On August 23, 2013, I met with Mr. Hewell to seek an explanation why he cleared our trees without a permit from the city of Auburn and authorization from the Home Owners Association. Mr. Hewell tried to mitigate the severity of the situation alleging it was just a “simple misunderstanding”.

On August 24, 2013, my wife and I contacted the city of Auburn and our Home Owners Association to express our apologies site work had begun without proper legal authorization.  

On August 26, 2013, Mr. Hewell finally produced an engineered set of plans. Nonetheless, the plans were still deeply flawed and inaccurate. (many of the original corrections were never addressed) Mr. Hewell assured us there was no need for his design team to redo the plans again. Instead he promised to “red line” the plans into compliance during the construction process.

On August 31, 2013, I began micromanaging the construction of our residence to insure compliance with the law. Specifically, I started working directly with the city of Auburn and our Home Owners Association to secure the necessary legal authorizations to develop our lot.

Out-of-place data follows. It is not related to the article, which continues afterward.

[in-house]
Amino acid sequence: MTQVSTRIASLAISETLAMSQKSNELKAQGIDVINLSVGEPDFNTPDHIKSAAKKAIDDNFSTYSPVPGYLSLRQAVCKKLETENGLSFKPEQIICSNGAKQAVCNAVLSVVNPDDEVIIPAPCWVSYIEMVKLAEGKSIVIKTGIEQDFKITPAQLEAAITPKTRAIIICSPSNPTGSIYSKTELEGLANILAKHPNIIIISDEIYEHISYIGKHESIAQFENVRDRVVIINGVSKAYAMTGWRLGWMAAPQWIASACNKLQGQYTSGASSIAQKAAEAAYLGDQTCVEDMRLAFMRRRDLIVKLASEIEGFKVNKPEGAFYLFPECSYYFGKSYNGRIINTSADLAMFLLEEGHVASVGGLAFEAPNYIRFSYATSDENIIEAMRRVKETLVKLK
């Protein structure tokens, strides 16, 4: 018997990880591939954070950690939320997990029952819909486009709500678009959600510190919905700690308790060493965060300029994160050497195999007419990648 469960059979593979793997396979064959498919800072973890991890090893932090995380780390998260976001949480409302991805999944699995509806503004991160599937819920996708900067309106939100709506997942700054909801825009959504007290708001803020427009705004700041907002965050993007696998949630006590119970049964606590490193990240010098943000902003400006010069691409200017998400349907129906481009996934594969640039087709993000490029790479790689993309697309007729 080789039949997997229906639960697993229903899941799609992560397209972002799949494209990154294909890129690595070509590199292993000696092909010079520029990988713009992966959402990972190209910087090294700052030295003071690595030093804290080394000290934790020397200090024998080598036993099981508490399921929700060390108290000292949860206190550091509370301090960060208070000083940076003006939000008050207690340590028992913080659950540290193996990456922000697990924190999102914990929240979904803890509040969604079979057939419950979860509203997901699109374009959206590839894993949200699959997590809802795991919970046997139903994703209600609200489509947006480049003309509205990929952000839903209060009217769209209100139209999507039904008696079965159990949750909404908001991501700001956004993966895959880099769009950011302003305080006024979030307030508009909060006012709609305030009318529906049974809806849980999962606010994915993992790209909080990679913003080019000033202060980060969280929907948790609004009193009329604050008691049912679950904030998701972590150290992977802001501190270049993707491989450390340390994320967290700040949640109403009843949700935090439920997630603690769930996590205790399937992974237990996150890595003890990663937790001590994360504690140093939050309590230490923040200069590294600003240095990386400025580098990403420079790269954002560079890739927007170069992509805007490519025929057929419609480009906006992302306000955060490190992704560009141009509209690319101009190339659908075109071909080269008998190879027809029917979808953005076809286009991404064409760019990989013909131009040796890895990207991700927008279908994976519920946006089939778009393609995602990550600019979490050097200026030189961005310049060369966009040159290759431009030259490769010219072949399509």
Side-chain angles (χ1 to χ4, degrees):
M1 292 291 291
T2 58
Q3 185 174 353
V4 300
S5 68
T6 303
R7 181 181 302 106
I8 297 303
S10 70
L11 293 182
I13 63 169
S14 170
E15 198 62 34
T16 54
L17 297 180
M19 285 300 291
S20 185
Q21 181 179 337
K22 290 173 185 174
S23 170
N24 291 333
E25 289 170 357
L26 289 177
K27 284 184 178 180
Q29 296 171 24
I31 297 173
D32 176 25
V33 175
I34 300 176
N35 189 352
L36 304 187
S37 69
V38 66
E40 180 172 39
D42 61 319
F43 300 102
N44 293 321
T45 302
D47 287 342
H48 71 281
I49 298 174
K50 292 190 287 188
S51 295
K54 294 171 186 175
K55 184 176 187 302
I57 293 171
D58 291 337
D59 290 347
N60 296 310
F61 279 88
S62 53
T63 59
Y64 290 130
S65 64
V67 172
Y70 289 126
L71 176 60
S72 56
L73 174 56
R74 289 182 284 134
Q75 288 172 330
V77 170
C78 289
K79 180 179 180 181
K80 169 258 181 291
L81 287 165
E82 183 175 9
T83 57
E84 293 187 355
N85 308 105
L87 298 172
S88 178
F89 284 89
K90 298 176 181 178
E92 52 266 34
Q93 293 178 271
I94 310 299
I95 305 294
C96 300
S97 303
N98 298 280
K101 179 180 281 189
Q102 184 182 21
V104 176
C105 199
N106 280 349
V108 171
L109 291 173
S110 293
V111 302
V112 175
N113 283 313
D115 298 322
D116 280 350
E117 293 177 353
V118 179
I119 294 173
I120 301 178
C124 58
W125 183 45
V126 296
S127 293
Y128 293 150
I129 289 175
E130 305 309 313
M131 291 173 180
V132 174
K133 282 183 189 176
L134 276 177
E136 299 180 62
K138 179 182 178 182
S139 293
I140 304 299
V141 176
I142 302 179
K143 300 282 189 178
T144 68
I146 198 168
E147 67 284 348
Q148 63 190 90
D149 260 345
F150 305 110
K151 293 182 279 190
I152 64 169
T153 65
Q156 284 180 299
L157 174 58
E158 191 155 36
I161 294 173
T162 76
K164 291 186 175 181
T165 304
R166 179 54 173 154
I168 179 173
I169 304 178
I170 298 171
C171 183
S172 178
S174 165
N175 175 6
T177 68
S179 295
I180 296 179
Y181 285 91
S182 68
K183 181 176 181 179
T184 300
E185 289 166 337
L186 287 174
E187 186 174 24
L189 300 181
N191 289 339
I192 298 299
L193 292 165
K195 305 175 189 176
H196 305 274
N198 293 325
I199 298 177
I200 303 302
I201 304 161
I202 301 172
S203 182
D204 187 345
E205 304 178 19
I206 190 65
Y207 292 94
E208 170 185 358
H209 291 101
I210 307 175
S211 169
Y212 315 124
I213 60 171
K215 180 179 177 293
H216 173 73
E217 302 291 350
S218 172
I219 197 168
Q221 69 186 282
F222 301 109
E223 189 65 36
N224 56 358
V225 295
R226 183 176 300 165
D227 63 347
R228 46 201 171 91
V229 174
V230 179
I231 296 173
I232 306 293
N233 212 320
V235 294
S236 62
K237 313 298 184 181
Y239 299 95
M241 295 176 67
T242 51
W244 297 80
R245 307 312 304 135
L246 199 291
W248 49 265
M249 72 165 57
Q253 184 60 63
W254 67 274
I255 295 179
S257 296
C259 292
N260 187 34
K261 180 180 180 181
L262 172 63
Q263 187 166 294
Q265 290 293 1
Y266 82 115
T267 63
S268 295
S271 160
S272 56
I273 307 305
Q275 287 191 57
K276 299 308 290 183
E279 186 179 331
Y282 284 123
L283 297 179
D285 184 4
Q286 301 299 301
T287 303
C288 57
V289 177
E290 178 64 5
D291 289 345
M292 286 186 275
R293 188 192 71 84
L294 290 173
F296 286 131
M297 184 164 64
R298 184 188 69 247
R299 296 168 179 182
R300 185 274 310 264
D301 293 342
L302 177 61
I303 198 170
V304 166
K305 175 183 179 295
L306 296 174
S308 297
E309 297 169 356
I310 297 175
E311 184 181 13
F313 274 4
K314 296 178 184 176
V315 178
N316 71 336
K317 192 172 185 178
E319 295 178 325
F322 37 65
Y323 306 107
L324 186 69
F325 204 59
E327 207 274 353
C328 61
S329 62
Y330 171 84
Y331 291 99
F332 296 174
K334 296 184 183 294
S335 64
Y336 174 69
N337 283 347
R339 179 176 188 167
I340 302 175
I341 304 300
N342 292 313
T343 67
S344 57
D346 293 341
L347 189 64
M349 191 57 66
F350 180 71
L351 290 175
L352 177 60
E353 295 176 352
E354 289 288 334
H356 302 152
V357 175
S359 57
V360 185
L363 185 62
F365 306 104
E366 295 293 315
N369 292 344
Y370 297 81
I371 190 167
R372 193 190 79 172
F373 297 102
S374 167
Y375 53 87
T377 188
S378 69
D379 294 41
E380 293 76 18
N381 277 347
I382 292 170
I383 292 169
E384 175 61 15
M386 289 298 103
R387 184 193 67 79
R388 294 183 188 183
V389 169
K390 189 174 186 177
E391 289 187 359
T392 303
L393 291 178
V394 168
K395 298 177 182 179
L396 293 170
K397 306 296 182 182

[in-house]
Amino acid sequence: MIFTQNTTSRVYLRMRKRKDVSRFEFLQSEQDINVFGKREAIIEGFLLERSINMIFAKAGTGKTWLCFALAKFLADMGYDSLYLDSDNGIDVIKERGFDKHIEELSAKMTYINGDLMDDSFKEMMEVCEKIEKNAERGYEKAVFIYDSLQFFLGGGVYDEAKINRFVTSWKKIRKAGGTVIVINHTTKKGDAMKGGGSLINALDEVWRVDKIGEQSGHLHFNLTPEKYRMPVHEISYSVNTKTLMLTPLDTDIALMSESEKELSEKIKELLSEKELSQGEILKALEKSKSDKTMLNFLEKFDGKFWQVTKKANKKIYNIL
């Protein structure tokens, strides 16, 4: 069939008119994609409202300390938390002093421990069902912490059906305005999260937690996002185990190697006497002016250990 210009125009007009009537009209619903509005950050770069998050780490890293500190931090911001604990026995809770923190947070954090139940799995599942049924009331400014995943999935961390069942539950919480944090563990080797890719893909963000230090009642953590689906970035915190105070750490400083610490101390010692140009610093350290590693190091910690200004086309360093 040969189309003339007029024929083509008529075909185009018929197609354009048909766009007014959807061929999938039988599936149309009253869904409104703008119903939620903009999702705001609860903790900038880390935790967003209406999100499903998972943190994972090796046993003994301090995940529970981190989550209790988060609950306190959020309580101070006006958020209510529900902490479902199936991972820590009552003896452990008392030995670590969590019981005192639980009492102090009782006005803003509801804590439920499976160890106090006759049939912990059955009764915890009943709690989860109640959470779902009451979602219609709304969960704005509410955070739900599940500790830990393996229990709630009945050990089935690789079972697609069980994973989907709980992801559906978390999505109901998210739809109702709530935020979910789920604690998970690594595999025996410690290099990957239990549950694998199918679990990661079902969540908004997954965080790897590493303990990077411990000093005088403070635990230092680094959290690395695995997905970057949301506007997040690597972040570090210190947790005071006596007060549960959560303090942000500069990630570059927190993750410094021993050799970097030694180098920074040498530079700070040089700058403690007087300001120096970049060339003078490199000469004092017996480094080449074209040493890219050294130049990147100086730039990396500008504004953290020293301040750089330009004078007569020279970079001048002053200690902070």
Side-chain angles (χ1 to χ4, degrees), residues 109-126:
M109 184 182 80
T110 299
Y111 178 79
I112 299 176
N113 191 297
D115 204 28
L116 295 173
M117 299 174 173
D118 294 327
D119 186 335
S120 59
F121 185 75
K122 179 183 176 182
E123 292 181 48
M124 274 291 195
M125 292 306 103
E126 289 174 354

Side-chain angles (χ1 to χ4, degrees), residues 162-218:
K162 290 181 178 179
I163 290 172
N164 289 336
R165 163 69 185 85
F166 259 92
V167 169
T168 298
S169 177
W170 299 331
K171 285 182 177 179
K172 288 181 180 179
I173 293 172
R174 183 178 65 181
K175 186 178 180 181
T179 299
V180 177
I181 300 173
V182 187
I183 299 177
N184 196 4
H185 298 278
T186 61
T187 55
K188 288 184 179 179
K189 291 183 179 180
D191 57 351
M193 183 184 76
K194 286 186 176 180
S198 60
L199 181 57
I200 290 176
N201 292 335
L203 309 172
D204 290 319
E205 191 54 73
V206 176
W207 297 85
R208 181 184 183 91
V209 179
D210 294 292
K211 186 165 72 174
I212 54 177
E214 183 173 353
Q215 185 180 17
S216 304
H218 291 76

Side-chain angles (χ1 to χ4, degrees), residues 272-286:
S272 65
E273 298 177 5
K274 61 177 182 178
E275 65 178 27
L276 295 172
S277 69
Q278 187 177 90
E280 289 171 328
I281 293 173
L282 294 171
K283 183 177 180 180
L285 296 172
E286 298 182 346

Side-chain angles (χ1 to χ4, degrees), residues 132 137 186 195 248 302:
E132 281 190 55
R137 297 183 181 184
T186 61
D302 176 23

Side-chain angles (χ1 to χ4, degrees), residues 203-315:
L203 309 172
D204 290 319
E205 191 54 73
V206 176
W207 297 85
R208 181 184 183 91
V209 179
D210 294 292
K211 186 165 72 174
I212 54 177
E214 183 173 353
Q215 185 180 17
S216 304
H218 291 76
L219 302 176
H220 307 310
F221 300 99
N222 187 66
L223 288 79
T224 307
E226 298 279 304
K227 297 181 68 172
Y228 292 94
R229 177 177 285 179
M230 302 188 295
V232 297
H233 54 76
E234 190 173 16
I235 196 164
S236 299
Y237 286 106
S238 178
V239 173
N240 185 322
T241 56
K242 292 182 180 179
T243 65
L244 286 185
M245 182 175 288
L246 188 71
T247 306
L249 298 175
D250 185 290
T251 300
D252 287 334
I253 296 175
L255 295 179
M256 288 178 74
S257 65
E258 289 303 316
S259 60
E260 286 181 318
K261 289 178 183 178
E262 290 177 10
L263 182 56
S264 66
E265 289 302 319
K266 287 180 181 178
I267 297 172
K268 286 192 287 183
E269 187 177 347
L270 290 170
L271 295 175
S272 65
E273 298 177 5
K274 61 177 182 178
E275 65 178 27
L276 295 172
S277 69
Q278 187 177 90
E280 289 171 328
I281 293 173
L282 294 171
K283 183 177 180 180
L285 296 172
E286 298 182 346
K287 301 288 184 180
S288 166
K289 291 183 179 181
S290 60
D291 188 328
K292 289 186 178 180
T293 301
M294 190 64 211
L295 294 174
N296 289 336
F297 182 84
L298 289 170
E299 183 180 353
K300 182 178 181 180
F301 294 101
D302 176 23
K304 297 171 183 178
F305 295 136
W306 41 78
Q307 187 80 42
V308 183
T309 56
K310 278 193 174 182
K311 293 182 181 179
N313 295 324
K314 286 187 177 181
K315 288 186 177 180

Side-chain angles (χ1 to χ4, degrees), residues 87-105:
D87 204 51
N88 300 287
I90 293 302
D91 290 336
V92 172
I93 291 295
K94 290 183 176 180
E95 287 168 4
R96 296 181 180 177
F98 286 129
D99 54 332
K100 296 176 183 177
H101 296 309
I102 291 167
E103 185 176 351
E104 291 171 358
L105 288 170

During the first two weeks of September, I continued to press Mr. Hewell for written details concerning his proposed cost increase and other construction costs set forth in our contract. He has steadfastly refused to provide any details. 

One particular area of contention was the fee charged by Mr. Hewell’s design team. I suggested their fee should be renegotiated due to their negligent work product. Mr. Hewell agreed the design team’s work was unprofessional and admitted he was going to pay them only 80% of their fee. I requested Mr. Hewell refund the unpaid portion of the fee to me. However, he refused and justified his retention of the unpaid portion because the design team had cost him too much time and money.  

In a rare candid moment, Mr. Hewell confessed the actual cost to design our residence, including the engineered plans and landscape engineer was only $10,000. I immediately reminded Mr. Hewell he previously alleged he had no financial stake or profit incorporated in his design team or the engineer’s fee of $25,000. If I had known said construction deposits were not “fixed costs” as he alleged, I would have negotiated a lower contract price (including Mr. Hewell’s line item profit of $75,000). I requested Mr. Hewell give me a refund or credit of $15,000, but he refused. He claimed he was entitled to keep the surplus money because he had to spend a lot of extra time chasing his people around to do their jobs.